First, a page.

Red-hot Medvedev gallops into Aussie Open on 14-match win streak

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Daniil Medvedev. (Getty Images)
Daniil Medvedev. (Getty Images)

World No 4 Daniil Medvedev heads into the Australian Open on an ominous 14-match win streak, but played down his chances Sunday of lifting a maiden Grand Slam title.

The Russian 24-year-old has been in blistering form and led his country to the ATP Cup with a 6-4, 6-2 defeat of Italian world No 10 Matteo Berrettini.

It was his 10th victory over a top-10 player in his 14-match run, making him a serious contender for the Australian Open starting Monday.

Asked if he considered himself one of the favourites, Medvedev was reticent.

"I mean, it's not for me to decide. Hopefully I can show a great level like I did these last matches, then I will have my chance to win matches. That's the most important," he said.

"As you know, I always say this: I take it match by match.

"Every match is tough. You can get injured, you can lose, you can get a walkover. We never know. I just want to be there on the court and try to play some good tennis."

His Russian teammate Andrey Rublev, the world number eight, is in equally good form, winning all four of his matches so far this year on the back of claiming five titles in 2020, more than anyone else.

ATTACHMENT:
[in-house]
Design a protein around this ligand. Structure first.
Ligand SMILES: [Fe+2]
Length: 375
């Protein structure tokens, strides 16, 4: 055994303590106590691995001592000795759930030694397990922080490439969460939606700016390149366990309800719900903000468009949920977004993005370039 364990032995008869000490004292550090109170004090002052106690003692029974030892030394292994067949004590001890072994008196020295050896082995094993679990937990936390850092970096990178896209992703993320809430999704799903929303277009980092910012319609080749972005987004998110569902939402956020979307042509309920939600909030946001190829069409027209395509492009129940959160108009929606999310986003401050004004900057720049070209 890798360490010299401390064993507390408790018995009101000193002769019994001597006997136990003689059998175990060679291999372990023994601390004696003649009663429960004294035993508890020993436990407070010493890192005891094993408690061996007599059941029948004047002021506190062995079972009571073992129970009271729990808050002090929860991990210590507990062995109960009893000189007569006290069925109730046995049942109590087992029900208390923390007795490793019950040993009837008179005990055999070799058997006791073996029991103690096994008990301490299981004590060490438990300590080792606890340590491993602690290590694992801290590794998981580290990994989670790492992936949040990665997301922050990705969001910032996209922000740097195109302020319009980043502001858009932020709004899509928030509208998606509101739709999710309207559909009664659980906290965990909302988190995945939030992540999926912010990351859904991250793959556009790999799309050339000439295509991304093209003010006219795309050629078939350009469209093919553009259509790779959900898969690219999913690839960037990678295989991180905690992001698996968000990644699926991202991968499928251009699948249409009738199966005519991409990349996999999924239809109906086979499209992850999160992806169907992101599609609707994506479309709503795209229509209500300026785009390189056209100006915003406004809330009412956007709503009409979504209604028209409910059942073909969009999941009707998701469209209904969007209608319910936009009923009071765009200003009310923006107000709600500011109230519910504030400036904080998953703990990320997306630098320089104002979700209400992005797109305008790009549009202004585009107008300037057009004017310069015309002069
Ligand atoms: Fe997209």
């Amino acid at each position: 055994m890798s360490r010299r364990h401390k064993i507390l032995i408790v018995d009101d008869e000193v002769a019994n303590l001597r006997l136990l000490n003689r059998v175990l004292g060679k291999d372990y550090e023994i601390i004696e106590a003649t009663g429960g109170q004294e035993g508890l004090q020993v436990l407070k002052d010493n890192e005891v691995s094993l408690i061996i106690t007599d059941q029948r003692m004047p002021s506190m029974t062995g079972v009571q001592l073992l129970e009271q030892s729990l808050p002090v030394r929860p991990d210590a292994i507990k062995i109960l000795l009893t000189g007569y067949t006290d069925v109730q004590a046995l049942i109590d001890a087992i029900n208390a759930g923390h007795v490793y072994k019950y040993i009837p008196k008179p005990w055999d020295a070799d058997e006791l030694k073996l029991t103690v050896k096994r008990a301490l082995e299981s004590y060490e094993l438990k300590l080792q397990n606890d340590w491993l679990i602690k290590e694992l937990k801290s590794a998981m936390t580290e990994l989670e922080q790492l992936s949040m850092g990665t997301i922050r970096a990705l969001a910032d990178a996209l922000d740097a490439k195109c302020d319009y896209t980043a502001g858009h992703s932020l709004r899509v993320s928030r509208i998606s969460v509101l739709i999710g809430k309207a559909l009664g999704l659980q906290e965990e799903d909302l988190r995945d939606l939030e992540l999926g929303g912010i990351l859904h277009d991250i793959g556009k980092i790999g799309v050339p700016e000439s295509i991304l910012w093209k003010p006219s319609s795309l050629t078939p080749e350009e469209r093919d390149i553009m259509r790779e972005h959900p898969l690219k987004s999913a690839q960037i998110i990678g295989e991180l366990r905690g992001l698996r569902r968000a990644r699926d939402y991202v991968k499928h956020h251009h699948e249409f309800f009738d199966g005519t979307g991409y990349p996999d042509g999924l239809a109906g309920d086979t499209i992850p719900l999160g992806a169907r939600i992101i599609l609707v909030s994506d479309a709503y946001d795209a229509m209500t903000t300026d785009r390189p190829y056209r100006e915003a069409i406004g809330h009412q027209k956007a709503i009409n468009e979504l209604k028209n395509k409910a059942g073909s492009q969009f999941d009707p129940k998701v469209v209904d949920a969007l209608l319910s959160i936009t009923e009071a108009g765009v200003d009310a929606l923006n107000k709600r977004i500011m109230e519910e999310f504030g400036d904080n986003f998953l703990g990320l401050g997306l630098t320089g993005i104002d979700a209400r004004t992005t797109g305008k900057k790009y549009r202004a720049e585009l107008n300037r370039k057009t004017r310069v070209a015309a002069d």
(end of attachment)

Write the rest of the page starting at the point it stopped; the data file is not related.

They could meet in the last eight at Melbourne Park, a scenario Rublev said was enticing, but not one he wanted to think about just yet.

"It's too far to say something about it now. We have to go match by match," he said.

Medvedev opens his campaign on Tuesday against Canadian Vasek Pospisil while Rublev faces German Yannick Hanfmann on the same day.

"Daniil has a tough first round. Me, I have as well, the German guy I never seen before, but I heard that he's playing really, really great," said Rublev.

"We'll see what's going to happen. We're not going to meet in second round, so we need to win couple of matches, and is going to be tough matches."

While some top names like Rafael Nadal haven't played this week, the Russian pair have both had four matches but Medvedev said it was hard to know if competing so hard close to a Grand Slam would prove to be advantage.

"It's tough to say because it can both be negative and positive," said the Russian, whose best Slam performance so far was making the final of the 2019 US Open.

"You get the momentum going, sometimes it helps you. At the same time it's tiring.

"I've played four tough matches, yesterday especially (against Alexander Zverev).

"We need to see after the tournament if it was a positive thing or a negative one."

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